The Feast of the Assumption has always been loved dearly by the faithful who are children of Mary. It is a sign to us that someday, through God’s grace and our efforts, we too may join the Blessed Mother in giving glory to God. The Assumption is a source of great hope for us, too, for it points the way for all followers of Christ who imitate her fidelity and obedience to God’s will. Where she now is, we are meant eventually to be, and may hope to be through Divine grace. Mary’s being taken to heaven after her life on earth was ended is the logical outcome of her immaculate nature, uniquely protected — also by God’s grace — from personal sin. We seek to imitate her self-sacrificing love, her indestructible faith and her perfect obedience.
Blessed is she who trusted that the Lord’s words to her would be fulfilled.
For Christians, death is not extinction, though, unlike Mary, all ordinary mortals, even the most faithful Christians, the saints, must await the Second Coming of Christ and the general Resurrection to receive our “glorified bodies”.
May we see heaven as our goal and come to share her glory.
“Jesus gave every human being to Mary, and commanded her to show to each one of us the heart of a mother. Mary fulfilled this, and she continues throughout eternity to fulfill with an incomparable perfection this command of God, just as she had all the others.”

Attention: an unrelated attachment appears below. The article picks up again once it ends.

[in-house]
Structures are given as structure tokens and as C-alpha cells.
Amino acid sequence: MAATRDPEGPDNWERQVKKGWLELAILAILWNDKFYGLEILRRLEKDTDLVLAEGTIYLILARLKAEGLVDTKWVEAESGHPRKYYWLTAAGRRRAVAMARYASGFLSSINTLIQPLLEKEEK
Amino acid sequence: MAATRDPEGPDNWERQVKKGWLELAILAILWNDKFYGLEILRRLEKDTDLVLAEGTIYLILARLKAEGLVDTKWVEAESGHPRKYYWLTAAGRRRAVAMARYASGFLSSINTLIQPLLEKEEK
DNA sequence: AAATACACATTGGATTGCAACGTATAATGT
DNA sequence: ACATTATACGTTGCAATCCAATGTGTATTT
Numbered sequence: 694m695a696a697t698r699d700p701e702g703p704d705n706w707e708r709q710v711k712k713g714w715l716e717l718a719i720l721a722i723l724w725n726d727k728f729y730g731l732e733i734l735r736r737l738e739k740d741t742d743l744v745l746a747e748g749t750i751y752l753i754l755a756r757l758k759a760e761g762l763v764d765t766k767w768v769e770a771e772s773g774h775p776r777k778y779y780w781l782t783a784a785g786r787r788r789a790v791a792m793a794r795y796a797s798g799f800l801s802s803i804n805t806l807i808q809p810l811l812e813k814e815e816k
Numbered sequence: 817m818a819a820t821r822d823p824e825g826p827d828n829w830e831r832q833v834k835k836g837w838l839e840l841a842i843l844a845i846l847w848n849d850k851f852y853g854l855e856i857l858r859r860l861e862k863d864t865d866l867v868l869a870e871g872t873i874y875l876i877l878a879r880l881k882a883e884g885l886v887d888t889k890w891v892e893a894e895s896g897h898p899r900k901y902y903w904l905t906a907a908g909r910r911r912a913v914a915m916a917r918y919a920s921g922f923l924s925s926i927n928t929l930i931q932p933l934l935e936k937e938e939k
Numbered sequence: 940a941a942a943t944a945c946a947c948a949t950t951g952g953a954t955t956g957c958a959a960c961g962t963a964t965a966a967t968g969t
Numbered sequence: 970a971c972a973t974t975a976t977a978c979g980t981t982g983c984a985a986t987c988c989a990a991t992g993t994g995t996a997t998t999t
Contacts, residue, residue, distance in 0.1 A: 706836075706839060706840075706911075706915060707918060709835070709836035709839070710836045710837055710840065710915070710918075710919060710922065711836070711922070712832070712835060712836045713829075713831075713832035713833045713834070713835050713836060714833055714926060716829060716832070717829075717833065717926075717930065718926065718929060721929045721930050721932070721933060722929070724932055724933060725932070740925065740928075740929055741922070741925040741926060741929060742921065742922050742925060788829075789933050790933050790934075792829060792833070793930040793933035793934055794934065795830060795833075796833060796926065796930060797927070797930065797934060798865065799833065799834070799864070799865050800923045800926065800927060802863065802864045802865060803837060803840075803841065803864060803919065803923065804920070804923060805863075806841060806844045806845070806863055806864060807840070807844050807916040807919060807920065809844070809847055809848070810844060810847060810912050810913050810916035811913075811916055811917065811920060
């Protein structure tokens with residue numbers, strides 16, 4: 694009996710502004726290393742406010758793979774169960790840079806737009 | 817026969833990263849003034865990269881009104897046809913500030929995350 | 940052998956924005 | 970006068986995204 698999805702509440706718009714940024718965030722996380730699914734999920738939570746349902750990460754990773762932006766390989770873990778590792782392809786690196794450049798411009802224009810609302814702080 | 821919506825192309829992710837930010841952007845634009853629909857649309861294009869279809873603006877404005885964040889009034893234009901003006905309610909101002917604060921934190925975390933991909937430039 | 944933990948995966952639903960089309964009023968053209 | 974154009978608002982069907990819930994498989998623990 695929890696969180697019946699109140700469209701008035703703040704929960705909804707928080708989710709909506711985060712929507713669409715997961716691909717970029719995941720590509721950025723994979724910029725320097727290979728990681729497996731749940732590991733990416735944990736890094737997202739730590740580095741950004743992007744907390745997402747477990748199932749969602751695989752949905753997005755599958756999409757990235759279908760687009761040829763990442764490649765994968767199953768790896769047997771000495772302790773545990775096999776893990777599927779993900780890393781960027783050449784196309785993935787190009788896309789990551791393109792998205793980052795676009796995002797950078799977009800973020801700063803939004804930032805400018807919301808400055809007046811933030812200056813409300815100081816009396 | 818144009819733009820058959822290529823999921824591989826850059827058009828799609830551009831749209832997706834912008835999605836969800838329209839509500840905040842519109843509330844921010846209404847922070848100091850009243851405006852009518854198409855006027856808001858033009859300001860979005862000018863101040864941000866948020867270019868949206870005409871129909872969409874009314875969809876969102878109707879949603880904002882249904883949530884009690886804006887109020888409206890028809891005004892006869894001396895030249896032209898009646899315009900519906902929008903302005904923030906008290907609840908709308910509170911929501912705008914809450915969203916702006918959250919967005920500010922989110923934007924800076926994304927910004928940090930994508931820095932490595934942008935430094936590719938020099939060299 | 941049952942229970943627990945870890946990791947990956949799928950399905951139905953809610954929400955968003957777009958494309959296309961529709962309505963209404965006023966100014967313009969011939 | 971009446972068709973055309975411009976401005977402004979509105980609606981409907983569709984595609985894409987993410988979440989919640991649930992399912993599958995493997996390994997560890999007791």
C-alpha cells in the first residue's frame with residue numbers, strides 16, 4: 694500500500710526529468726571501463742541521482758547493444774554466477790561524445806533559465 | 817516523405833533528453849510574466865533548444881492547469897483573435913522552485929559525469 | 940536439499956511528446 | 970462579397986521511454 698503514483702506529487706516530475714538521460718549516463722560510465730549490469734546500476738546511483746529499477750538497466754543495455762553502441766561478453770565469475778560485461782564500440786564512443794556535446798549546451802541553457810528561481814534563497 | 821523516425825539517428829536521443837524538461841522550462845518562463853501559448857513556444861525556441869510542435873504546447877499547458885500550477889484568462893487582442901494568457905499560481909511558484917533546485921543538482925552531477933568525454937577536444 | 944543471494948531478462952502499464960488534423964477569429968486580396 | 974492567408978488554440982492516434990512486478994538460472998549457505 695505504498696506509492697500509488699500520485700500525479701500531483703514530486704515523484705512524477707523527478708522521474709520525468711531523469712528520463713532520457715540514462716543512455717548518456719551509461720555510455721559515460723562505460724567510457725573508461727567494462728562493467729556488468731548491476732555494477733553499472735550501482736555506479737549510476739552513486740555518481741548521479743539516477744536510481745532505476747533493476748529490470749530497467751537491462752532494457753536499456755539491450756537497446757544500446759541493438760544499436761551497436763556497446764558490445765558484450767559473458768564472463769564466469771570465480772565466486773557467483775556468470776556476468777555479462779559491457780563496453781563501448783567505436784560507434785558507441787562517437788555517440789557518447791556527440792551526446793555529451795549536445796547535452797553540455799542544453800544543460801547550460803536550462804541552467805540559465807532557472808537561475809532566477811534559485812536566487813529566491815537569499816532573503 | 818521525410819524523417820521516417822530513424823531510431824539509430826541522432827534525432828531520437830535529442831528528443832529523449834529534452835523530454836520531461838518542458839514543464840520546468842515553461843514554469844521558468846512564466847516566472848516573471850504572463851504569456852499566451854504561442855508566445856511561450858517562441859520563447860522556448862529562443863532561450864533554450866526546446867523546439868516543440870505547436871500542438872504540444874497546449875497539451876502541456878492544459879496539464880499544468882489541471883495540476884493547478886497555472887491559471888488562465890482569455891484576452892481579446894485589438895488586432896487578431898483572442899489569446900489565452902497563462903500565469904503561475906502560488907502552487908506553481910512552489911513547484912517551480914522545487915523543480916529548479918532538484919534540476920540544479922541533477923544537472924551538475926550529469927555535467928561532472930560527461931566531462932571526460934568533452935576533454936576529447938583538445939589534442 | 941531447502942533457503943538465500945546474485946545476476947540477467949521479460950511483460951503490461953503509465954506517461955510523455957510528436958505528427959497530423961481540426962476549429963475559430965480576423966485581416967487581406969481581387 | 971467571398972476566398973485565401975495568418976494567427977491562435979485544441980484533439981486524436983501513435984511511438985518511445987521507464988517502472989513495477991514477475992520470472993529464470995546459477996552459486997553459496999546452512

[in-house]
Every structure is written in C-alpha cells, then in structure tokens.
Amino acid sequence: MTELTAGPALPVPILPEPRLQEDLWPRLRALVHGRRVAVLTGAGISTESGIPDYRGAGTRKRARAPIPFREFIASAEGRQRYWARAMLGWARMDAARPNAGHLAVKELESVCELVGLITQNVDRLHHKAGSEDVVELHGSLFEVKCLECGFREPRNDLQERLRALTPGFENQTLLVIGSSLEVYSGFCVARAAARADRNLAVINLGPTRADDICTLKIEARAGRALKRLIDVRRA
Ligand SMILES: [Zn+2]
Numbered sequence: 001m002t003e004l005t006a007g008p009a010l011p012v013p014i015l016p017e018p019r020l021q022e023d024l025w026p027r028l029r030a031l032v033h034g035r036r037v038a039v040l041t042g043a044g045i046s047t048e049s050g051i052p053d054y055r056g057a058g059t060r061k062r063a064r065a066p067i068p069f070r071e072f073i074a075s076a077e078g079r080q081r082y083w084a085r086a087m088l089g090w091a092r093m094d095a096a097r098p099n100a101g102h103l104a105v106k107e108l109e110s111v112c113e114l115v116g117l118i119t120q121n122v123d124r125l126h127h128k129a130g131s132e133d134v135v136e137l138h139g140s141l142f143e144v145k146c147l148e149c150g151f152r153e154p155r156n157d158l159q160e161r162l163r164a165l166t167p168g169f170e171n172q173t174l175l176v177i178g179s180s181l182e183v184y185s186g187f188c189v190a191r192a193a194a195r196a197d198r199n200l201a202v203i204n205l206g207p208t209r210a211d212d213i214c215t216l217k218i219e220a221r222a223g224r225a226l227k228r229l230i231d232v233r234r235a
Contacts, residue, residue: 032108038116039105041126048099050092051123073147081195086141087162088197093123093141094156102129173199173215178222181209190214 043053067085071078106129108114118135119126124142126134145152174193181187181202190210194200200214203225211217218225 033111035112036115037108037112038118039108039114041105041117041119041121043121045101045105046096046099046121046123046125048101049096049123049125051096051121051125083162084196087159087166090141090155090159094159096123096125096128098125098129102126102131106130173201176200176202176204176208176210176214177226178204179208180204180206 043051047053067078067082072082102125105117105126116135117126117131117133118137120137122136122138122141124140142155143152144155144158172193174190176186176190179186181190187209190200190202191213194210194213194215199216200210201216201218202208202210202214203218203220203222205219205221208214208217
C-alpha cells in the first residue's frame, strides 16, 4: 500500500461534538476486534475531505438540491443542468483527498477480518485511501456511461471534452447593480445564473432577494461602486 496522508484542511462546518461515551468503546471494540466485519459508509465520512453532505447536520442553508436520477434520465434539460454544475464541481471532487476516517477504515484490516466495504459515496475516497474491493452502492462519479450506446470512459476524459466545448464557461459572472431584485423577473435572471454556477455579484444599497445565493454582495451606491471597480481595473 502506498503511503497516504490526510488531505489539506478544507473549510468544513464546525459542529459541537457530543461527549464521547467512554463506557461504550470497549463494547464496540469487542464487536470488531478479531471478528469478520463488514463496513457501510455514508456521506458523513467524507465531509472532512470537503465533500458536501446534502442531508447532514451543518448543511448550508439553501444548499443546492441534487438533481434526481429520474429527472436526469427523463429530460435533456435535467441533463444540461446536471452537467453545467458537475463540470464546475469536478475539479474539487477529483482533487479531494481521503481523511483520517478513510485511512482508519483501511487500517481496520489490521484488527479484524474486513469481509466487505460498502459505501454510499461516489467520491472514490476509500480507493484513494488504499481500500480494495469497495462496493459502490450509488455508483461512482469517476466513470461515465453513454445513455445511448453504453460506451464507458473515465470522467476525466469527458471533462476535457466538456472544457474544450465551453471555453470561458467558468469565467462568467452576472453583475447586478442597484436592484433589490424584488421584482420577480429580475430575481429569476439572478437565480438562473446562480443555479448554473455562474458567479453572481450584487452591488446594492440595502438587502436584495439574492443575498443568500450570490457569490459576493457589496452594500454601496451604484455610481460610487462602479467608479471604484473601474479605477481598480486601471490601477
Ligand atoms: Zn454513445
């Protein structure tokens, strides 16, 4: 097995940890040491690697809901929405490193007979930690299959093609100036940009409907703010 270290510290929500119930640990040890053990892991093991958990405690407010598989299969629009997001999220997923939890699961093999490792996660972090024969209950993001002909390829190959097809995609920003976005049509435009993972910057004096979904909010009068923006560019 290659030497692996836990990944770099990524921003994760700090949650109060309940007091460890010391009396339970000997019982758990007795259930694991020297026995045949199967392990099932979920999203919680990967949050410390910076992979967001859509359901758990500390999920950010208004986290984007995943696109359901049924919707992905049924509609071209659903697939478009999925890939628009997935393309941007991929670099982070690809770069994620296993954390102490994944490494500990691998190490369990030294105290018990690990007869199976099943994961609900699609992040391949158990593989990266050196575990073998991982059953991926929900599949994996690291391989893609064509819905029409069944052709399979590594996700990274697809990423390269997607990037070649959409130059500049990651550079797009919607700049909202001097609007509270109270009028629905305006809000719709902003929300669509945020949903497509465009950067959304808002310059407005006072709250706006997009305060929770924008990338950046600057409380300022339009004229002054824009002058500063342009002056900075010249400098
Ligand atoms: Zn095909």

~ Venerable Charles de Foucauld
[We seek to] attain to the unity of the Son of God, to mature manhood, to the measure of the stature of the fullness of Christ; so that we may no longer be children, tossed to and fro and carried about with every wind of doctrine, by the cunning of men, by their craftiness in deceitful wiles.
Rather, speaking the truth in love, we are to grow up in every way into Him who is the head, into Christ, from whom the whole body, joined and knit together by every joint with which it is supplied, when each part is working properly, makes bodily growth and up builds itself in love.
~ Ephesians 4: 13-16
(Revised Standard Version – Catholic Edition)
“The more we are sinners, the more she has tenderness and compassion for us.”
~ Saint John Marie Vianney, the Curé of Ars
“Wedding and Blessing of the Sea”
It is a custom in many coastal regions in the US and Europe to have special blessings of the water – the sea or ocean – on the Feast of the Assumption. The custom originated in 15th century Italy, when a bishop traveling from Venice, during a storm at sea on the Feast of the Assumption, prayed and threw his pastoral ring into the sea from the ship — and the waters were calmed.
In the US, these celebrations take place annually in Atlantic City, Camden, Long Island, and in other coastal cities and seaports along the eastern seaboard. In some of these “blessings of the sea” celebrations, after the priest or bishop has blessed the water, the people wade out into the water and fill bottles with it, and apparently use it like regular holy water.
The celebration in Atlantic City is called the “wedding of the sea”, and part of the ceremony is the bishop (or priest) throwing a wreath of flowers and a ring from a boat into the water, symbolizing the union of the city and the sea. A similar blessing and “wedding” is an annual event in European coastal cities — and especially Venice, where it is, understandably, a celebration of longstanding tradition.
**Everything that is indented, basically EVERYTHING 😉 has been Copied from “Women for Faith and Family.” While I found many resources, I Liked their Summary and Comprehensive Site. Enjoy! **
BTW, if you don’t want to READ the entire thing, here is a Pretty Good Video…